Fox Kibble

Arthur Shipkowski's personal site

Making DVDs With a Dazzle DVC-100 Under Ubuntu

I volunteered to digitize a set of old VHS tapes for ADF. I’d say “recently” but it took much more effort than I expected. Resources I thought I had access to disappeared, and hardware failures and quirks were the order of the day.

In the end I wound up using a DVC-100 I picked up at a garage sale along with mencoder. To save people time in the future, here’s what I had to do to make it work under Ubuntu 12.04.

First off, it turned out I needed to set up a loopback device in a ~/.asoundrc to get good audio capture while doing this.

The loopback device looks like this – this can be placed in your .asoundrc as the whole contents of the file:

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pcm.copy {
    type plug
        slave {
            pcm hw:2
        }
    route_policy copy
}

Then I had to work out an mencoder commandline. This is what I found to work; some of the encoder parameters can be changed of course, particularly the bitrate. I was surprised that the input audio rate had to be dictated to mencoder – I would have expected autodetection.

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mencoder tv:// -tv driver=v4l2:device=/dev/video0:input=0:norm=ntsc:alsa:audiorate=48000:adevice=copy:forceaudio:immediatemode=0 -of mpeg -mpegopts format=dvd -ofps 30000/1001 -vf scale=720:480,harddup -ovc lavc -oac lavc -lavcopts acodec=ac3:abitrate=192:keyint=25:vcodec=mpeg2video:vbitrate=4000:aspect=4/3 -o druidismnew.mpg

This can be previewed by using mplayer in lieu of mencoder and removing all of the output aspects.

In the long run I used ffmpeg to trim things down using the -t option after previewing the clips. I did find that using -ss to trim off the front was a problem; apparently dvdauthor expects that the video stream appears first. I was unable to come up with a solution for this, and in the end I re-recorded the one clip where trimmingat the start was required.

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ffmpeg -i infile.mpg -target ntsc-dvd -t [duration] -acodec copy -vcodec copy

I hope this helps someone else, since it was quite a bit of digging on my part, and that after the failure of several other options to do it on a shoestring.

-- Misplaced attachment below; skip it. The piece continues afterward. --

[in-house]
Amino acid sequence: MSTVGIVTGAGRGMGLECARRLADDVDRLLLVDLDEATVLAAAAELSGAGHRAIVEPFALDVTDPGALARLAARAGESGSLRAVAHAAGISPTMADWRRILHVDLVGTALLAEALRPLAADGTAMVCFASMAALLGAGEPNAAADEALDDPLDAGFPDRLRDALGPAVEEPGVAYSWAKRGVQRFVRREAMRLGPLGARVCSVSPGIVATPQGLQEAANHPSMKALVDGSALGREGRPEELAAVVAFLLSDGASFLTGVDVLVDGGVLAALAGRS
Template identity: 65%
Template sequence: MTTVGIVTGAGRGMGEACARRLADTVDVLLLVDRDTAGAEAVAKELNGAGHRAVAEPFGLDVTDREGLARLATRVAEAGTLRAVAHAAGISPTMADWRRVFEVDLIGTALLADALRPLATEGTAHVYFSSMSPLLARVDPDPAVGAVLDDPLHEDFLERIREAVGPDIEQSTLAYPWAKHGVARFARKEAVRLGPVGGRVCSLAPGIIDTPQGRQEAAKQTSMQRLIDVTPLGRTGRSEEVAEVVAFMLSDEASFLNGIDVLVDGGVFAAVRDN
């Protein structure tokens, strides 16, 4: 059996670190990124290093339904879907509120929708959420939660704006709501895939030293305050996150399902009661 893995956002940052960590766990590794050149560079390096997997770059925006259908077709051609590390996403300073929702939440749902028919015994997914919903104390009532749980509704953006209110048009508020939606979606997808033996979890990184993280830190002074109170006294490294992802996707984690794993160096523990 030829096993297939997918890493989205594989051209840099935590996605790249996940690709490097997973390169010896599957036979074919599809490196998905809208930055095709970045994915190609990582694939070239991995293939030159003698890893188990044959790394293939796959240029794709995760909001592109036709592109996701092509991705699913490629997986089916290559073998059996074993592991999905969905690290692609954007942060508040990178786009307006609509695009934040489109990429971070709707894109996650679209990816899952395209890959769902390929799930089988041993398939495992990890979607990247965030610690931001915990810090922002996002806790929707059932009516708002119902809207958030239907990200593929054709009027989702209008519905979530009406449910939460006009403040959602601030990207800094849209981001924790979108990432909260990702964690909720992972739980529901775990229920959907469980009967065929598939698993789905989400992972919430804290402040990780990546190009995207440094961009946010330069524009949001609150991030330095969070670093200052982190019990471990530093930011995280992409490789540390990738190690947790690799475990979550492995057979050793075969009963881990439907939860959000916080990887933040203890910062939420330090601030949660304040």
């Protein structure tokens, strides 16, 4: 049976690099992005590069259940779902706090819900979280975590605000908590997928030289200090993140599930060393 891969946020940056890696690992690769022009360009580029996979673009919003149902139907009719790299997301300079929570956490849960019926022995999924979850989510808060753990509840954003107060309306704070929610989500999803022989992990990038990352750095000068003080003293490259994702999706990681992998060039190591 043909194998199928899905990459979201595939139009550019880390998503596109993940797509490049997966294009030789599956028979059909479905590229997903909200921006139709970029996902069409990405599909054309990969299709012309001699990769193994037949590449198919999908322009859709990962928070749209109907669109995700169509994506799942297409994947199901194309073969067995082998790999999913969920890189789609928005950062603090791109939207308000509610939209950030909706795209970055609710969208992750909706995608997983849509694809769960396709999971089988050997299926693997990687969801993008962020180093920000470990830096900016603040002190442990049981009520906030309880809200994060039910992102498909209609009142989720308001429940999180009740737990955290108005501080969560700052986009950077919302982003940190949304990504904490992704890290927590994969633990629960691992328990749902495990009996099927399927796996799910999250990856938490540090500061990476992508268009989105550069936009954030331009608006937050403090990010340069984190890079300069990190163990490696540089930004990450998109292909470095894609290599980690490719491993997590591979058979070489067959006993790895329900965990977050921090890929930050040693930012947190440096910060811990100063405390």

Obligatory Octopress Move Post

So, having run Octopress for a few days, I suppose it’s time I comment on it.

My interest was initially piqued by the static site speed and resistance to heavy traffic. The former, in particular, caught my eye after I noticed how long it took me, on a fat pipe, to load any pages. Even with WP-Supercache I found that pages tended to expire before anyone saw them.

My webhost, along with logging for bandwidth or similar restrictions, logged CPU usage. Though they are pro-Wordpress, I noticed a few times a day I’d peg things at 100% CPU. Not for very long, but it would happen. Playing with themes and plugins reduced the frequency but did not eliminate it.

All of this, though, falls aside to something else. I’ve noticed needing to upgrade plugins and Wordpress regularly for a site that I do not do a lot of active blogging on. One day I came upon this, relative to Octopress and its ilk:

It’s as if every developer woke up on the same day and asked “why am I responding to security alerts for a blog I barely ever update”?

I realized that with the occasional disconnect from the net that I like to indulge in, it’s entirely possible that my site could be hacked while I’m having a calm weekend. I do recall a Wordpress update coming in right around the holidays once, as well. Now, I’m more secure since there is no PHP.

Sadly, though, I think I’ll have to poke at the contact form. Using cgiemail seems to mean I’ll get weirdly-formatted spam that is hoping my installation isn’t secure.